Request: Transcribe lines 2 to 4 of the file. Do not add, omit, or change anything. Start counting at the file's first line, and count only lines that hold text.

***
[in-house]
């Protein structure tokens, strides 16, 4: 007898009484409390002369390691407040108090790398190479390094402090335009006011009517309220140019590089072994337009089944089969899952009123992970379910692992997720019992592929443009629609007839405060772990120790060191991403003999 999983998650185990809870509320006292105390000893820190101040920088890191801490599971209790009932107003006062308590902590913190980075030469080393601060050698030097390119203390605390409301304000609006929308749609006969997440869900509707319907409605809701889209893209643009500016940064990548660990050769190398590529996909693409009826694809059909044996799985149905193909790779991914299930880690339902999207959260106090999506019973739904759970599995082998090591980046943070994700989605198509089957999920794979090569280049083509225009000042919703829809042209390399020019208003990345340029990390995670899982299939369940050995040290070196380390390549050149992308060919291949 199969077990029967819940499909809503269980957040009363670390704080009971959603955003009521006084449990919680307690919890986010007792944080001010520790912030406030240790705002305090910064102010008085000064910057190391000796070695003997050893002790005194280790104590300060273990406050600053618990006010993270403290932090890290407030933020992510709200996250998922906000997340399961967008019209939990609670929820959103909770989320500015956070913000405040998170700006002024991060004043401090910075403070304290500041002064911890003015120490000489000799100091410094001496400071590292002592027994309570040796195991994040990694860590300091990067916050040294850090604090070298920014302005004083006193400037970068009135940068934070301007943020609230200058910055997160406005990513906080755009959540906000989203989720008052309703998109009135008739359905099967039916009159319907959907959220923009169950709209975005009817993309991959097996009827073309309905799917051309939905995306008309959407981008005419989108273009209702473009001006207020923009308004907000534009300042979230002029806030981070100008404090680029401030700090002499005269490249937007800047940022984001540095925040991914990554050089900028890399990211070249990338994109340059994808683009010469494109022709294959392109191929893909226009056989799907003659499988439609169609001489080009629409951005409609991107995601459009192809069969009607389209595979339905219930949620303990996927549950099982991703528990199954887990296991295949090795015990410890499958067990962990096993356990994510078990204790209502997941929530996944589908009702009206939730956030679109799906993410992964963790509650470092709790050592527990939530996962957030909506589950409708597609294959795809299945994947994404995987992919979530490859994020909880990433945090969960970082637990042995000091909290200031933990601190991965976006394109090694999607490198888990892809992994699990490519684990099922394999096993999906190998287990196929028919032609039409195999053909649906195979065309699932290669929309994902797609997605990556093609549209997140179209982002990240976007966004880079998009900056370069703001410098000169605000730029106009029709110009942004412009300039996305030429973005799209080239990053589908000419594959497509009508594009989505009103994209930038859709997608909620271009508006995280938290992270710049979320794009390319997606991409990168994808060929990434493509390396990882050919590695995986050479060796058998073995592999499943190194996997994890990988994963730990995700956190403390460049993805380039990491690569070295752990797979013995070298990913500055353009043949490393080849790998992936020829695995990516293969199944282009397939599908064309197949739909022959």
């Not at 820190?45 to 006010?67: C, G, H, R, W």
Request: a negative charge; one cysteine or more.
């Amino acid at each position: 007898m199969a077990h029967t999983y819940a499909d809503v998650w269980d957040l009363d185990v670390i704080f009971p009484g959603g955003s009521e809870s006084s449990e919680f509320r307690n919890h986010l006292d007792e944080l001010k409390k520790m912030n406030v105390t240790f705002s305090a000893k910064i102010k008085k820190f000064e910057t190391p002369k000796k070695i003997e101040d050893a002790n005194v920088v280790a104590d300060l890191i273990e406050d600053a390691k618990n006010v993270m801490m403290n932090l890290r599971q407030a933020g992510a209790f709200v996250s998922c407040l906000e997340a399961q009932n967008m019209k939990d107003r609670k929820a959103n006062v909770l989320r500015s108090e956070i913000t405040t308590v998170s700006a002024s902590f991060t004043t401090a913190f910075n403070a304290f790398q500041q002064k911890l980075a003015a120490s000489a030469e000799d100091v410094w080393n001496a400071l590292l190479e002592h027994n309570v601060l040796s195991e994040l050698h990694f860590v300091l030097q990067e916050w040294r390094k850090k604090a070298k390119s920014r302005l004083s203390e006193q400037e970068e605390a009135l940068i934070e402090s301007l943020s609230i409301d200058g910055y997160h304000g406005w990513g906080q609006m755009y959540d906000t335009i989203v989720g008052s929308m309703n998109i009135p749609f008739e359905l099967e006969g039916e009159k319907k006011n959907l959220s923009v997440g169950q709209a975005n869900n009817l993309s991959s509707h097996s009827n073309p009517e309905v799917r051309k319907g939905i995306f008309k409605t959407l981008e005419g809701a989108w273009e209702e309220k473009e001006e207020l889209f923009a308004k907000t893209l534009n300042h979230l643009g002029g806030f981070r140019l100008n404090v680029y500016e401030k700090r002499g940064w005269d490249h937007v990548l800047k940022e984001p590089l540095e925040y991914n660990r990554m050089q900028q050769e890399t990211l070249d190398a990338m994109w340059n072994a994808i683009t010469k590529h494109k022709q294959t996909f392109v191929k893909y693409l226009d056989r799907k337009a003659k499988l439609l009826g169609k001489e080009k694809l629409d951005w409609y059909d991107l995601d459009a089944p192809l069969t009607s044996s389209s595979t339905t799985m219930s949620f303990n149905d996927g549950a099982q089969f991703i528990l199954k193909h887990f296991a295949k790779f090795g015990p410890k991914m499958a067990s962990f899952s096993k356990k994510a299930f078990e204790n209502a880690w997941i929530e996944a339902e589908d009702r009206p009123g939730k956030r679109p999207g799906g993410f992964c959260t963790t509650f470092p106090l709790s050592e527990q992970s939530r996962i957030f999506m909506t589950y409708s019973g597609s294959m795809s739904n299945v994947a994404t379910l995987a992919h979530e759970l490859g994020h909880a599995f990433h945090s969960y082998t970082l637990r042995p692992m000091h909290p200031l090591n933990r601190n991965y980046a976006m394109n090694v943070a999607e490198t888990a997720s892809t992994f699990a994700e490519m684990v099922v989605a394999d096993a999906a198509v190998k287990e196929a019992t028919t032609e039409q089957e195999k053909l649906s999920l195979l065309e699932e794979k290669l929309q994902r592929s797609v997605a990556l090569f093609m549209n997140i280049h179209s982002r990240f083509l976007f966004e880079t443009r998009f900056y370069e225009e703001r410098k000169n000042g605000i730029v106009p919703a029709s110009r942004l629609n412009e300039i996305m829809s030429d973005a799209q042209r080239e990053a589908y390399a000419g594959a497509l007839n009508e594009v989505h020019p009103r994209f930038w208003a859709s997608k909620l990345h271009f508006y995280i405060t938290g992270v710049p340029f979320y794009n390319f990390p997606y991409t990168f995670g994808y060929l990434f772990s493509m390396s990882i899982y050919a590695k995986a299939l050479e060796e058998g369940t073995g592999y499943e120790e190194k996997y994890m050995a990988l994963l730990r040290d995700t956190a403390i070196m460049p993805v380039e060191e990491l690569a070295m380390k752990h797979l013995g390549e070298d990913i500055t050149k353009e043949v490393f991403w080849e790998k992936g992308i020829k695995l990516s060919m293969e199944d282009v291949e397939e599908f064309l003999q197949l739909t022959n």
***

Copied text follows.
């Protein structure tokens, strides 16, 4: 007898009484409390002369390691407040108090790398190479390094402090335009006011009517309220140019590089072994337009089944089969899952009123992970379910692992997720019992592929443009629609007839405060772990120790060191991403003999 999983998650185990809870509320006292105390000893820190101040920088890191801490599971209790009932107003006062308590902590913190980075030469080393601060050698030097390119203390605390409301304000609006929308749609006969997440869900509707319907409605809701889209893209643009500016940064990548660990050769190398590529996909693409009826694809059909044996799985149905193909790779991914299930880690339902999207959260106090999506019973739904759970599995082998090591980046943070994700989605198509089957999920794979090569280049083509225009000042919703829809042209390399020019208003990345340029990390995670899982299939369940050995040290070196380390390549050149992308060919291949 199969077990029967819940499909809503269980957040009363670390704080009971959603955003009521006084449990919680307690919890986010007792944080001010520790912030406030240790705002305090910064102010008085000064910057190391000796070695003997050893002790005194280790104590300060273990406050600053618990006010993270403290932090890290407030933020992510709200996250998922906000997340399961967008019209939990609670929820959103909770989320500015956070913000405040998170700006002024991060004043401090910075403070304290500041002064911890003015120490000489000799100091410094001496400071590292002592027994309570040796195991994040990694860590300091990067916050040294850090604090070298920014302005004083006193400037970068009135940068934070301007943020609230200058910055997160406005990513906080755009959540906000989203989720008052309703998109009135008739359905099967039916009159319907959907959220923009169950709209975005009817993309991959097996009827073309309905799917051309939905995306008309959407981008005419989108273009209702473009001006207020923009308004907000534009300042979230002029806030981070100008404090680029401030700090002499005269490249937007800047940022984001540095925040991914990554050089900028890399990211070249990338994109340059994808683009010469494109022709294959392109191929893909226009056989799907003659499988439609169609001489080009629409951005409609991107995601459009192809069969009607389209595979339905219930949620303990996927549950099982991703528990199954887990296991295949090795015990410890499958067990962990096993356990994510078990204790209502997941929530996944589908009702009206939730956030679109799906993410992964963790509650470092709790050592527990939530996962957030909506589950409708597609294959795809299945994947994404995987992919979530490859994020909880990433945090969960970082637990042995000091909290200031933990601190991965976006394109090694999607490198888990892809992994699990490519684990099922394999096993999906190998287990196929028919032609039409195999053909649906195979065309699932290669929309994902797609997605990556093609549209997140179209982002990240976007966004880079998009900056370069703001410098000169605000730029106009029709110009942004412009300039996305030429973005799209080239990053589908000419594959497509009508594009989505009103994209930038859709997608909620271009508006995280938290992270710049979320794009390319997606991409990168994808060929990434493509390396990882050919590695995986050479060796058998073995592999499943190194996997994890990988994963730990995700956190403390460049993805380039990491690569070295752990797979013995070298990913500055353009043949490393080849790998992936020829695995990516293969199944282009397939599908064309197949739909022959």
């Not at 820190?45 to 006010?67: C, G, H, R, W």
Request: a negative charge; one cysteine or more.